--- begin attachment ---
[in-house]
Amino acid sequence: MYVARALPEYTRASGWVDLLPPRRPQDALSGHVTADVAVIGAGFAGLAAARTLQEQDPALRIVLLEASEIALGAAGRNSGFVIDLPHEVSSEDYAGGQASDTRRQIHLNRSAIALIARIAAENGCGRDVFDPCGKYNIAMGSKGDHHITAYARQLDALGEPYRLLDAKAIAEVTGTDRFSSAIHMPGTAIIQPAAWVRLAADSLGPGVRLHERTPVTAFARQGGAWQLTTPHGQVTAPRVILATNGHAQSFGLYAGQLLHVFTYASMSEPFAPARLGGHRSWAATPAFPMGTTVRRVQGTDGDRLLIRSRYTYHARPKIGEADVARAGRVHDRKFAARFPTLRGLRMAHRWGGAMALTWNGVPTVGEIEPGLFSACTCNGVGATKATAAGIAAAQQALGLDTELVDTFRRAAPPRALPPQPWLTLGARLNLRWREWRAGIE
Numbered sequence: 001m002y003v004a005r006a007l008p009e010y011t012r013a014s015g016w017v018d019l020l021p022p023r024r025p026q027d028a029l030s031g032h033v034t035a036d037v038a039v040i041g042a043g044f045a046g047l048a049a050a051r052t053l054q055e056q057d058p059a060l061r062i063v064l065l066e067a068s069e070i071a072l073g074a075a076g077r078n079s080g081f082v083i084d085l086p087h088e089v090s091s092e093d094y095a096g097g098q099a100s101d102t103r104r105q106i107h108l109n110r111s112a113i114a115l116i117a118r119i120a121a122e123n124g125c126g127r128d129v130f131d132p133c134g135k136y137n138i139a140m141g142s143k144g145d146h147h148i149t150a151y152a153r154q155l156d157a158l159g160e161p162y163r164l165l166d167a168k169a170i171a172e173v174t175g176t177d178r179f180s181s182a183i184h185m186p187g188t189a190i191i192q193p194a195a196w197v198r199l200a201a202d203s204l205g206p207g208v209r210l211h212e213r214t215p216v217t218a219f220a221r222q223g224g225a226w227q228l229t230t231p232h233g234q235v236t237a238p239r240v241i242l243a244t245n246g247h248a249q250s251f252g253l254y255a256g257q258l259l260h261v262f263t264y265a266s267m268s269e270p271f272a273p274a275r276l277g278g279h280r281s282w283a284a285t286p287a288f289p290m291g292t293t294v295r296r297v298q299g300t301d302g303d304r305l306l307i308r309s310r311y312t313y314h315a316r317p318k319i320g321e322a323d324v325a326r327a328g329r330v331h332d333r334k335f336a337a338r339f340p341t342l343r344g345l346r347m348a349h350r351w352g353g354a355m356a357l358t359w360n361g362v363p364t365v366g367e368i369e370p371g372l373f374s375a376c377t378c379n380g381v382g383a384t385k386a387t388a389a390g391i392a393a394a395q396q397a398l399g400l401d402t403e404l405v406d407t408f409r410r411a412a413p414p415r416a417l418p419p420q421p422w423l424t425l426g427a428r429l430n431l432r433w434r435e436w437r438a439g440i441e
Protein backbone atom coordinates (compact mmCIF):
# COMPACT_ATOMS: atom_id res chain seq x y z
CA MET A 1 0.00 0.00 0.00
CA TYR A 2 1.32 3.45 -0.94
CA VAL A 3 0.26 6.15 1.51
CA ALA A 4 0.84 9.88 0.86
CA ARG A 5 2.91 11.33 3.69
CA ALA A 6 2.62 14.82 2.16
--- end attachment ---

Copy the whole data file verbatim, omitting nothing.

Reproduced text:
[in-house]
Amino acid sequence: MYVARALPEYTRASGWVDLLPPRRPQDALSGHVTADVAVIGAGFAGLAAARTLQEQDPALRIVLLEASEIALGAAGRNSGFVIDLPHEVSSEDYAGGQASDTRRQIHLNRSAIALIARIAAENGCGRDVFDPCGKYNIAMGSKGDHHITAYARQLDALGEPYRLLDAKAIAEVTGTDRFSSAIHMPGTAIIQPAAWVRLAADSLGPGVRLHERTPVTAFARQGGAWQLTTPHGQVTAPRVILATNGHAQSFGLYAGQLLHVFTYASMSEPFAPARLGGHRSWAATPAFPMGTTVRRVQGTDGDRLLIRSRYTYHARPKIGEADVARAGRVHDRKFAARFPTLRGLRMAHRWGGAMALTWNGVPTVGEIEPGLFSACTCNGVGATKATAAGIAAAQQALGLDTELVDTFRRAAPPRALPPQPWLTLGARLNLRWREWRAGIE
Numbered sequence: 001m002y003v004a005r006a007l008p009e010y011t012r013a014s015g016w017v018d019l020l021p022p023r024r025p026q027d028a029l030s031g032h033v034t035a036d037v038a039v040i041g042a043g044f045a046g047l048a049a050a051r052t053l054q055e056q057d058p059a060l061r062i063v064l065l066e067a068s069e070i071a072l073g074a075a076g077r078n079s080g081f082v083i084d085l086p087h088e089v090s091s092e093d094y095a096g097g098q099a100s101d102t103r104r105q106i107h108l109n110r111s112a113i114a115l116i117a118r119i120a121a122e123n124g125c126g127r128d129v130f131d132p133c134g135k136y137n138i139a140m141g142s143k144g145d146h147h148i149t150a151y152a153r154q155l156d157a158l159g160e161p162y163r164l165l166d167a168k169a170i171a172e173v174t175g176t177d178r179f180s181s182a183i184h185m186p187g188t189a190i191i192q193p194a195a196w197v198r199l200a201a202d203s204l205g206p207g208v209r210l211h212e213r214t215p216v217t218a219f220a221r222q223g224g225a226w227q228l229t230t231p232h233g234q235v236t237a238p239r240v241i242l243a244t245n246g247h248a249q250s251f252g253l254y255a256g257q258l259l260h261v262f263t264y265a266s267m268s269e270p271f272a273p274a275r276l277g278g279h280r281s282w283a284a285t286p287a288f289p290m291g292t293t294v295r296r297v298q299g300t301d302g303d304r305l306l307i308r309s310r311y312t313y314h315a316r317p318k319i320g321e322a323d324v325a326r327a328g329r330v331h332d333r334k335f336a337a338r339f340p341t342l343r344g345l346r347m348a349h350r351w352g353g354a355m356a357l358t359w360n361g362v363p364t365v366g367e368i369e370p371g372l373f374s375a376c377t378c379n380g381v382g383a384t385k386a387t388a389a390g391i392a393a394a395q396q397a398l399g400l401d402t403e404l405v406d407t408f409r410r411a412a413p414p415r416a417l418p419p420q421p422w423l424t425l426g427a428r429l430n431l432r433w434r435e436w437r438a439g440i441e
Protein backbone atom coordinates (compact mmCIF):
# COMPACT_ATOMS: atom_id res chain seq x y z
CA MET A 1 0.00 0.00 0.00
CA TYR A 2 1.32 3.45 -0.94
CA VAL A 3 0.26 6.15 1.51
CA ALA A 4 0.84 9.88 0.86
CA ARG A 5 2.91 11.33 3.69
CA ALA A 6 2.62 14.82 2.16